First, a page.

Our prior article “What Drives Engagement?” listed the top 10 engagement drivers.

Three areas impact employee perceptions of available development and career opportunities (category 4):

1. Enjoy challenging work assignments that broaden skills

2. Improved my skills and capabilities over the last year

3. Have excellent career advancement opportunities

Many people are comfortable and happy in their current job and do not wish to take on additional responsibilities.

Others crave challenging work and the opportunity to learn and grow. A key component in keeping the second group of employees at your organization is to figure out how to meet these needs.

If you are small business, you usually do not have a “career paths” or a training department. However, you have many informal opportunities for additional development—these include cross-training, job enrichment, project assignments, and team lead opportunities.

It is always best to have a “back up” for each role– and developing someone as a  backup cross-trains another team member and gives a sense of skill development. Job “enrichment” means learning a bit deeper or broader on current tasks, such as increasing knowledge of accounting principles or equipment repair. We can always learn more about the work we do.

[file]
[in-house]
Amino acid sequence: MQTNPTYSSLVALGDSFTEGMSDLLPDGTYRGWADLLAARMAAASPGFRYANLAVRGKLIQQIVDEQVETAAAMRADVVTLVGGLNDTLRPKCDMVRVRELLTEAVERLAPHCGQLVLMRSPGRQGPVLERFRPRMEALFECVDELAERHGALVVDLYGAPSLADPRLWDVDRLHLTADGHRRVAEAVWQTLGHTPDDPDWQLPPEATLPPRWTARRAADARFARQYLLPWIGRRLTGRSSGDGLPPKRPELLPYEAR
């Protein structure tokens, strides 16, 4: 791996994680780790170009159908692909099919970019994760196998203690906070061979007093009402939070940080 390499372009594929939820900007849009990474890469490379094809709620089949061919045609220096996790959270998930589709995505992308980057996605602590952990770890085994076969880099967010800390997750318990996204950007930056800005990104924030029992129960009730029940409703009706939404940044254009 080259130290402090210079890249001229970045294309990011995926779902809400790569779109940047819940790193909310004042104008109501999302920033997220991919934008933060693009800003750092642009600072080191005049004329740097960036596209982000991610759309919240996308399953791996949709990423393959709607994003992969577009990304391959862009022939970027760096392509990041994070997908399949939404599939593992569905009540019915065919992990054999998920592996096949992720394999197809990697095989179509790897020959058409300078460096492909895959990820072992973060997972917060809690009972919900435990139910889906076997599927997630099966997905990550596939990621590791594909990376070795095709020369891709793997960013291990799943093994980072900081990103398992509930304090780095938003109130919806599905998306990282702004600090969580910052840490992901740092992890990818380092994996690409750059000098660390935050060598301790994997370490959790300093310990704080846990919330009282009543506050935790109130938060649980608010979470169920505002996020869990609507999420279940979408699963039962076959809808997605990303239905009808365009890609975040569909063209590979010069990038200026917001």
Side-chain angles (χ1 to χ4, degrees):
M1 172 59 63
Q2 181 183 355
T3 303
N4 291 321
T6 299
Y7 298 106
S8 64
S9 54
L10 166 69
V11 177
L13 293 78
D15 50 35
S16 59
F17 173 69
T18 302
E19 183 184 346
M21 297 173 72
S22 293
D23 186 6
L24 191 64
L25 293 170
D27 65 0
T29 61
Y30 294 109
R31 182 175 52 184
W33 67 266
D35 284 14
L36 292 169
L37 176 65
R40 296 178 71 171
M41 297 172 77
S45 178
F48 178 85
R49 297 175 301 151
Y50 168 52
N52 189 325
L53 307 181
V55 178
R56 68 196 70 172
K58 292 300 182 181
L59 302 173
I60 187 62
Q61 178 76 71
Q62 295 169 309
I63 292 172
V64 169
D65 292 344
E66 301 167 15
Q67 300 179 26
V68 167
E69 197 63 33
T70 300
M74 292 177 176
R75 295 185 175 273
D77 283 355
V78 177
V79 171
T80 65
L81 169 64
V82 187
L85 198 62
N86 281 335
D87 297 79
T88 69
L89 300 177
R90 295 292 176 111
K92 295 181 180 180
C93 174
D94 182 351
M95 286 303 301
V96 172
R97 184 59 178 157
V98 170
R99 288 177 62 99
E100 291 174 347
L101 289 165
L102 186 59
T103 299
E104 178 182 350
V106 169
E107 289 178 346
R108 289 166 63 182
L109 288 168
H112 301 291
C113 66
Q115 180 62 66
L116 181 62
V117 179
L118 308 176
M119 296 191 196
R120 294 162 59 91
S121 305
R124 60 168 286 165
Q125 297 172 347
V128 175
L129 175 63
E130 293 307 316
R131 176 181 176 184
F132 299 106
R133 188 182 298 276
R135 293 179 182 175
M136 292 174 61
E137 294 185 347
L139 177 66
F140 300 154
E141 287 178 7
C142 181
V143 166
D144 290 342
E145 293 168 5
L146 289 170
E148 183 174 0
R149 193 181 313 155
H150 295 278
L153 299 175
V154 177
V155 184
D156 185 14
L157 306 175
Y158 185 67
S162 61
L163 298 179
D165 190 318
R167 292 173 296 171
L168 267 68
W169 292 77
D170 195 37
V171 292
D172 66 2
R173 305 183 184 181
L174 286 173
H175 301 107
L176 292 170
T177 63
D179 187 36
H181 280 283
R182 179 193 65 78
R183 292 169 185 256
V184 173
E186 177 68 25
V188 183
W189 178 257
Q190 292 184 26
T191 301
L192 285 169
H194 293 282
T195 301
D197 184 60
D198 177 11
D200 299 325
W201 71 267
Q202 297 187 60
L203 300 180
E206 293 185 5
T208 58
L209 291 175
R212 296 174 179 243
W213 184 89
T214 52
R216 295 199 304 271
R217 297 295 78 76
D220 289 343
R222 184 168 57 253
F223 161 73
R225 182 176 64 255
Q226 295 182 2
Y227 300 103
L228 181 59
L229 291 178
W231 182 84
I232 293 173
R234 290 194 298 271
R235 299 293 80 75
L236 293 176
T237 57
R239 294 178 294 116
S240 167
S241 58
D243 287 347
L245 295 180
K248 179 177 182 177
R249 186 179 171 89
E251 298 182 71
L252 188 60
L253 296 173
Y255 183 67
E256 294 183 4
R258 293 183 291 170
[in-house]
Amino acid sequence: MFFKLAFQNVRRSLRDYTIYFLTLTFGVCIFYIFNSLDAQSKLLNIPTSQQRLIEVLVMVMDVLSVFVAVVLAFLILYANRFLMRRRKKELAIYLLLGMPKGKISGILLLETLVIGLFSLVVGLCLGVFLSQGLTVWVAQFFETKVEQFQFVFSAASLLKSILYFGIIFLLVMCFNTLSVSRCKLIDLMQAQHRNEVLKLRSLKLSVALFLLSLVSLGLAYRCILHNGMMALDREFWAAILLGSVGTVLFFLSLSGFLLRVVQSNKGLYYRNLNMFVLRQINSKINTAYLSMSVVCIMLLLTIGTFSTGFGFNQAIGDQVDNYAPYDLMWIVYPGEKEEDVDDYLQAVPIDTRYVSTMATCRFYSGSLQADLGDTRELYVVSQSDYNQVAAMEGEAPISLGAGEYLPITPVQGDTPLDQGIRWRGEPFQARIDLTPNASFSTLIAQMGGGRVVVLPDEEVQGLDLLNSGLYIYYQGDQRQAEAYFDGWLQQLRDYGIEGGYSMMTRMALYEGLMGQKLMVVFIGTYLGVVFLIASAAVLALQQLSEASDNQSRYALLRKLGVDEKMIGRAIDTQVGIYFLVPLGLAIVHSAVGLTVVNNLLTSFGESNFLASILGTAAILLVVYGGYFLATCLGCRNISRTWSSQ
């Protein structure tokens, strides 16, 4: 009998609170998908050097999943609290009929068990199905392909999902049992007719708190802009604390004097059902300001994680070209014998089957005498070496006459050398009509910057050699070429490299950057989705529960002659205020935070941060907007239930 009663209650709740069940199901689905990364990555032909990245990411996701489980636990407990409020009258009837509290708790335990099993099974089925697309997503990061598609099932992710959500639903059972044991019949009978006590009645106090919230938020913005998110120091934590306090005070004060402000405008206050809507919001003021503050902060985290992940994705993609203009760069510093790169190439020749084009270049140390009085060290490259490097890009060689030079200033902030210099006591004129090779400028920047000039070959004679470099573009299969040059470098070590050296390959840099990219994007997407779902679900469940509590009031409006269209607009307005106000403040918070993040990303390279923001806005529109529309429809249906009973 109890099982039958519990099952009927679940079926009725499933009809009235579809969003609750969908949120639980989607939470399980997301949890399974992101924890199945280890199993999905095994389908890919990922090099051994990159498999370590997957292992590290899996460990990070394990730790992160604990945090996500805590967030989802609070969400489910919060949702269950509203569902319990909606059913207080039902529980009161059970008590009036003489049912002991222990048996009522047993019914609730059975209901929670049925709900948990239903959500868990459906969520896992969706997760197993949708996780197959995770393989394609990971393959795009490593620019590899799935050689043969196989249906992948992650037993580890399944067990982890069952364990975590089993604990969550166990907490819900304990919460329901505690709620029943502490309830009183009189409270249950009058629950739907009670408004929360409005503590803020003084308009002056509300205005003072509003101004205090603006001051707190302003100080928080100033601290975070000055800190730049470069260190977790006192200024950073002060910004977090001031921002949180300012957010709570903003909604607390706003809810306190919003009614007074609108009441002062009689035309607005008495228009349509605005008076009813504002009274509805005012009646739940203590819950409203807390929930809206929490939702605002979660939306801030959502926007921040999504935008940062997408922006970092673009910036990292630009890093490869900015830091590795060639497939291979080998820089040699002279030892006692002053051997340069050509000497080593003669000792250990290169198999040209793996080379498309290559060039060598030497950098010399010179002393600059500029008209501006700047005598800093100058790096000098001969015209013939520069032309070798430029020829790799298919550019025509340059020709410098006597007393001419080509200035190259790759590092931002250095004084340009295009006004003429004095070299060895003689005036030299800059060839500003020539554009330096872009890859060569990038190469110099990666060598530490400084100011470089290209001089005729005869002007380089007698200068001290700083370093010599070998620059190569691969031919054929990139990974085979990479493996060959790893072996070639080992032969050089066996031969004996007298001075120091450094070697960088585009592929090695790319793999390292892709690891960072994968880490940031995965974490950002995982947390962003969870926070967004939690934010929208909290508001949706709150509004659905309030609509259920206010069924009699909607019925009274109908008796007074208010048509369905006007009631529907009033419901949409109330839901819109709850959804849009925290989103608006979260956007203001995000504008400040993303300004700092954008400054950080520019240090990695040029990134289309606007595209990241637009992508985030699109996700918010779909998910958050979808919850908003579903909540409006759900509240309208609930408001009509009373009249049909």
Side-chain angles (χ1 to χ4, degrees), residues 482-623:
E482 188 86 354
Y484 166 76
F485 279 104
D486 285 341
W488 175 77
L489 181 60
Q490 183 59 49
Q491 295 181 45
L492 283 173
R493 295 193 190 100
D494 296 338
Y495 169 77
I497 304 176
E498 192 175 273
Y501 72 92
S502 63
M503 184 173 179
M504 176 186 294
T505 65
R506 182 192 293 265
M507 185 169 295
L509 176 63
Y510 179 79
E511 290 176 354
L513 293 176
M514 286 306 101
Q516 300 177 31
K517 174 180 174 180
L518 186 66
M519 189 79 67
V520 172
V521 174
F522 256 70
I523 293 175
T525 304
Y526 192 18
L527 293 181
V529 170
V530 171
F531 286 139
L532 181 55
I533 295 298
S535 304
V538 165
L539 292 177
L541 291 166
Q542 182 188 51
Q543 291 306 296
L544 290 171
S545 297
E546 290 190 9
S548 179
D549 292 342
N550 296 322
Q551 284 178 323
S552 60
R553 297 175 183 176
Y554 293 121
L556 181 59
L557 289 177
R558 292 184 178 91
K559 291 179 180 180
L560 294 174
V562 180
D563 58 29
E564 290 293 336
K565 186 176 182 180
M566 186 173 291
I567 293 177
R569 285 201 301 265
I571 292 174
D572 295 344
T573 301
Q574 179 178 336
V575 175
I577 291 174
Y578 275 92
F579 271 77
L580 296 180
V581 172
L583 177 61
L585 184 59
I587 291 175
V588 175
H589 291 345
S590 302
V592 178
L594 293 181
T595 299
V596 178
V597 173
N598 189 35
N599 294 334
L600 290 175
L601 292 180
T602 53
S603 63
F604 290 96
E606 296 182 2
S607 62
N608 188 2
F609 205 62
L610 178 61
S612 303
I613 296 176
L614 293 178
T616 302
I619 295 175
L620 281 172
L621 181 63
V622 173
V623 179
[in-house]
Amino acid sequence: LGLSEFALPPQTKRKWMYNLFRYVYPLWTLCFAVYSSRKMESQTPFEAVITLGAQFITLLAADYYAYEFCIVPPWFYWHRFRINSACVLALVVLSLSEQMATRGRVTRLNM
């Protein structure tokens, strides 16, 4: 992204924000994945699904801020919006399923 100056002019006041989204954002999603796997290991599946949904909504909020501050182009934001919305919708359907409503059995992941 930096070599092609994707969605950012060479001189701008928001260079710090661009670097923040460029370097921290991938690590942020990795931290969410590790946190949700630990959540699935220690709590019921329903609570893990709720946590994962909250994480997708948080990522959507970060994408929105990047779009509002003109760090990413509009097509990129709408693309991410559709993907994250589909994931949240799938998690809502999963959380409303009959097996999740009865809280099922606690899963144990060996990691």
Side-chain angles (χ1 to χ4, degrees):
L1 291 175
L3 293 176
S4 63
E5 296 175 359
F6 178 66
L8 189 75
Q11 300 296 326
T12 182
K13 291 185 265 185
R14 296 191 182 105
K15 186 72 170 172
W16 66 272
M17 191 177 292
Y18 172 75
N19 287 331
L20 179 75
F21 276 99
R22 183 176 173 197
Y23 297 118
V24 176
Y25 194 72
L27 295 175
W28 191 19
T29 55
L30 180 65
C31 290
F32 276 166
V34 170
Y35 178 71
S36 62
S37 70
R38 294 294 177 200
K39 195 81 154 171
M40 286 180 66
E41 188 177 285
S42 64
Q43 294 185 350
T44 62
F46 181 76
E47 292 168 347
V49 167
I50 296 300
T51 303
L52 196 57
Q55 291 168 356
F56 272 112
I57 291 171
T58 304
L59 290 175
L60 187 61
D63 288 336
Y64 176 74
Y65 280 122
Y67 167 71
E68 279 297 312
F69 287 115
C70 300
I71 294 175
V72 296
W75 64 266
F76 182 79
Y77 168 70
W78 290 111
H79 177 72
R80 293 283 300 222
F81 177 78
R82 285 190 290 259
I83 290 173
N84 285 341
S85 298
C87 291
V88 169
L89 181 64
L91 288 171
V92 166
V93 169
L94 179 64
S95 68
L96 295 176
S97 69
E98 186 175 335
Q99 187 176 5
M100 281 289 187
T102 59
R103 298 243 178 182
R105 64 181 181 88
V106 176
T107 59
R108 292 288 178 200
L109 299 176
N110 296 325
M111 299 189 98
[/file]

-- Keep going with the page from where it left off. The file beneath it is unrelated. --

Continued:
Even if your organization does not have “layers of management,” some employees are interesting in a newly emerging role of team leader. Team leaders are the “go-to” people who peers ask for help or to get another opinion for a decision. They often assist managers with routine supervisory tasks such as scheduling, assigning specific work, compiling reports, and side by side skill training. You may have someone now that is informally in this role.

Three steps you can take NOW to improve employee perceptions of development opportunities

  1. Think of one project or ongoing task that would be a stretch assignment for a team member, and delegate to someone with the competencies to accomplish.
  2. Spend 30 minutes one morning each week meeting with a team member to discuss “What skills or knowledge do you want to develop in the next year? How can this be accomplished?” Then create a timeline and action plan to achieve.